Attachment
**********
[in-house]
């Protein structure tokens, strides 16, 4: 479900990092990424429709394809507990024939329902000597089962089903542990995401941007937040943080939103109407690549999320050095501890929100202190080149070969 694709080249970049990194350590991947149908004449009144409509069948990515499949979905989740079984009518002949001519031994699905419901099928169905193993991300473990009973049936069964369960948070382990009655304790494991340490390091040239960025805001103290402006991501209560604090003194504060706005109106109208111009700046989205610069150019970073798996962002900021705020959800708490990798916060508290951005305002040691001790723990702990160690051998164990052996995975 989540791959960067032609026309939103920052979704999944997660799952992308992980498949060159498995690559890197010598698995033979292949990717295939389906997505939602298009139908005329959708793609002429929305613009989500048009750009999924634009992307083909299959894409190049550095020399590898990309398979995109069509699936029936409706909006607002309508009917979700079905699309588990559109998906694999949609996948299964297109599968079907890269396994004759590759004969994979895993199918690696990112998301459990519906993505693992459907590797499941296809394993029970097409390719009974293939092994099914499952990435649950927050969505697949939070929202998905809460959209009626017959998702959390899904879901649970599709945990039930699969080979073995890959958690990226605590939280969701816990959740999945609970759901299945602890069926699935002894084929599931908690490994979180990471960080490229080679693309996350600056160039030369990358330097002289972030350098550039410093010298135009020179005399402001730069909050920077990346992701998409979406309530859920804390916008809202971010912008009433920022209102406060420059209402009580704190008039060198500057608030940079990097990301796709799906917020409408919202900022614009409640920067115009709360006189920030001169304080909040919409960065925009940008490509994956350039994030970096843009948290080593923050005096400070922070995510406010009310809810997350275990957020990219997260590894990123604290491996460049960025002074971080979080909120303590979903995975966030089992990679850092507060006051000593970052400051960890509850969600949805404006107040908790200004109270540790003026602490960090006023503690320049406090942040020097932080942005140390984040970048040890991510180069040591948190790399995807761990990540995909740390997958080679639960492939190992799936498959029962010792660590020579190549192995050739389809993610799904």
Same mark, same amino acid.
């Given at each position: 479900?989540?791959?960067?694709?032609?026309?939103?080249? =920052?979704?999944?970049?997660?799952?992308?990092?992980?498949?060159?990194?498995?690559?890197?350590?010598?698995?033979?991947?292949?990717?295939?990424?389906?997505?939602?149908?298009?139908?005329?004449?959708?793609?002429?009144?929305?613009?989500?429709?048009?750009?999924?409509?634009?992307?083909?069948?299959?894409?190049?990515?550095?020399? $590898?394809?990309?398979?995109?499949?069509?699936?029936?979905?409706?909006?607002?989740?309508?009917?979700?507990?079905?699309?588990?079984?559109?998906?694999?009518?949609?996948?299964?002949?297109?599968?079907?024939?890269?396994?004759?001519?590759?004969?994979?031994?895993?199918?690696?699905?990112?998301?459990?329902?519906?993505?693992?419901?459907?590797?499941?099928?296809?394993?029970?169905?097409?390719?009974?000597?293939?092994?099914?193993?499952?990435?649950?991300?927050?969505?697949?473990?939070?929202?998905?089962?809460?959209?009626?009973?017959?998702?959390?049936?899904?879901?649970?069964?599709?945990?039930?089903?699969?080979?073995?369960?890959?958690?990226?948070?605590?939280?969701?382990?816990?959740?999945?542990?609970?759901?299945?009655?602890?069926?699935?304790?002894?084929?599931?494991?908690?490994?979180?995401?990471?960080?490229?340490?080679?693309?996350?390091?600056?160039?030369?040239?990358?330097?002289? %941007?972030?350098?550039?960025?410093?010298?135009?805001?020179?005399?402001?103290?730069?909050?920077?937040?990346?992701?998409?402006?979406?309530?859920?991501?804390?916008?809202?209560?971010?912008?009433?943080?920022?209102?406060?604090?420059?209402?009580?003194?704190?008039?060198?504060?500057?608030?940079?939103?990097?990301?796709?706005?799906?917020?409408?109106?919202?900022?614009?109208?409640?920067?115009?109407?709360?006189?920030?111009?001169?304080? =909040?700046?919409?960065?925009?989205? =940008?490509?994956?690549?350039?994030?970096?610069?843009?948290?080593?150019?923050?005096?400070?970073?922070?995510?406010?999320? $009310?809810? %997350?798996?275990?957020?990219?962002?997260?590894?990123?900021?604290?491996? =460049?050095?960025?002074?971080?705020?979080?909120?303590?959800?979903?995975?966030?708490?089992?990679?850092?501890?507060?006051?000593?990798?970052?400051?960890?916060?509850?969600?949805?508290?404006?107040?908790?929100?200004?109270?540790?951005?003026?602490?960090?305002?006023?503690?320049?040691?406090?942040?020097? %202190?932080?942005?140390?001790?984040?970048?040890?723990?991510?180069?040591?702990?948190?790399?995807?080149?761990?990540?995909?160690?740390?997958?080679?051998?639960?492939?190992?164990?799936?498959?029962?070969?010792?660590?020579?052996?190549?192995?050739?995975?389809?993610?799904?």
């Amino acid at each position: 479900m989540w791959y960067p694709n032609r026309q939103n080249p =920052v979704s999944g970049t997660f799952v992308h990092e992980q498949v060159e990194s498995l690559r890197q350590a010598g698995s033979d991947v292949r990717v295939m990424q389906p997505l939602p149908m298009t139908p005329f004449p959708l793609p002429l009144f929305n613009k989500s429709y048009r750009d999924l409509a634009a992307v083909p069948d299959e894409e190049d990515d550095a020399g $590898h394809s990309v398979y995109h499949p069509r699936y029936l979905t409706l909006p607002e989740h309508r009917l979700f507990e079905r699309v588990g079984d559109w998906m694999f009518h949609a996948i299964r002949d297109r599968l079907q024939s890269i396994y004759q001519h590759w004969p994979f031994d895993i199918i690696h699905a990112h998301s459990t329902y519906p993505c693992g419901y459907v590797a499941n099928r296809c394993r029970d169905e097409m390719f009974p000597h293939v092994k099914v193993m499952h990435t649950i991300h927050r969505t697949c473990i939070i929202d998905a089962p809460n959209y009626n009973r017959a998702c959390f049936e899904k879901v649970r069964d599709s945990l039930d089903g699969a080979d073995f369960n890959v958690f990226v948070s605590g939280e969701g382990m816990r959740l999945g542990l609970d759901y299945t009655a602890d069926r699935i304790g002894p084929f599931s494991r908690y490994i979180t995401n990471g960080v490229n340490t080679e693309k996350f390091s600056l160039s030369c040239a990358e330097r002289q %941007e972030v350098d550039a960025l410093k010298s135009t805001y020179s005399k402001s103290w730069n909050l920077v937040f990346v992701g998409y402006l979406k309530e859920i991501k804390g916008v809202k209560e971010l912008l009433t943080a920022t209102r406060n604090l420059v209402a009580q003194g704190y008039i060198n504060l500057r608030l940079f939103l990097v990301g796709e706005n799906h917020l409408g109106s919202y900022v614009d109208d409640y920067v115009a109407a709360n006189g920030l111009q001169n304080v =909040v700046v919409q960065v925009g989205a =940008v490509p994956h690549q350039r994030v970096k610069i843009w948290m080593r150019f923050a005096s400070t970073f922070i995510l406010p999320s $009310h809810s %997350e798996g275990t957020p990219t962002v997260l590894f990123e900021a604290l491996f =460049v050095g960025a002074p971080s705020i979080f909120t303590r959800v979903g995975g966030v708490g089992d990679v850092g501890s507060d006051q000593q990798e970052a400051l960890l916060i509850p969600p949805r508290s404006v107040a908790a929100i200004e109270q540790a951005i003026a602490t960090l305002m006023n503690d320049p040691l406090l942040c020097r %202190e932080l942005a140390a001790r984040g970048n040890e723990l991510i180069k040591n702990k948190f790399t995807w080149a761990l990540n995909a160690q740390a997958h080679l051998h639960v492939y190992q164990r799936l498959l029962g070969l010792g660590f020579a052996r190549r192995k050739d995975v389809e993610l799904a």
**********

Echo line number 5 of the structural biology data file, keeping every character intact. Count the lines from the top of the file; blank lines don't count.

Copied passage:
């Amino acid at each position: 479900m989540w791959y960067p694709n032609r026309q939103n080249p =920052v979704s999944g970049t997660f799952v992308h990092e992980q498949v060159e990194s498995l690559r890197q350590a010598g698995s033979d991947v292949r990717v295939m990424q389906p997505l939602p149908m298009t139908p005329f004449p959708l793609p002429l009144f929305n613009k989500s429709y048009r750009d999924l409509a634009a992307v083909p069948d299959e894409e190049d990515d550095a020399g $590898h394809s990309v398979y995109h499949p069509r699936y029936l979905t409706l909006p607002e989740h309508r009917l979700f507990e079905r699309v588990g079984d559109w998906m694999f009518h949609a996948i299964r002949d297109r599968l079907q024939s890269i396994y004759q001519h590759w004969p994979f031994d895993i199918i690696h699905a990112h998301s459990t329902y519906p993505c693992g419901y459907v590797a499941n099928r296809c394993r029970d169905e097409m390719f009974p000597h293939v092994k099914v193993m499952h990435t649950i991300h927050r969505t697949c473990i939070i929202d998905a089962p809460n959209y009626n009973r017959a998702c959390f049936e899904k879901v649970r069964d599709s945990l039930d089903g699969a080979d073995f369960n890959v958690f990226v948070s605590g939280e969701g382990m816990r959740l999945g542990l609970d759901y299945t009655a602890d069926r699935i304790g002894p084929f599931s494991r908690y490994i979180t995401n990471g960080v490229n340490t080679e693309k996350f390091s600056l160039s030369c040239a990358e330097r002289q %941007e972030v350098d550039a960025l410093k010298s135009t805001y020179s005399k402001s103290w730069n909050l920077v937040f990346v992701g998409y402006l979406k309530e859920i991501k804390g916008v809202k209560e971010l912008l009433t943080a920022t209102r406060n604090l420059v209402a009580q003194g704190y008039i060198n504060l500057r608030l940079f939103l990097v990301g796709e706005n799906h917020l409408g109106s919202y900022v614009d109208d409640y920067v115009a109407a709360n006189g920030l111009q001169n304080v =909040v700046v919409q960065v925009g989205a =940008v490509p994956h690549q350039r994030v970096k610069i843009w948290m080593r150019f923050a005096s400070t970073f922070i995510l406010p999320s $009310h809810s %997350e798996g275990t957020p990219t962002v997260l590894f990123e900021a604290l491996f =460049v050095g960025a002074p971080s705020i979080f909120t303590r959800v979903g995975g966030v708490g089992d990679v850092g501890s507060d006051q000593q990798e970052a400051l960890l916060i509850p969600p949805r508290s404006v107040a908790a929100i200004e109270q540790a951005i003026a602490t960090l305002m006023n503690d320049p040691l406090l942040c020097r %202190e932080l942005a140390a001790r984040g970048n040890e723990l991510i180069k040591n702990k948190f790399t995807w080149a761990l990540n995909a160690q740390a997958h080679l051998h639960v492939y190992q164990r799936l498959l029962g070969l010792g660590f020579a052996r190549r192995k050739d995975v389809e993610l799904a």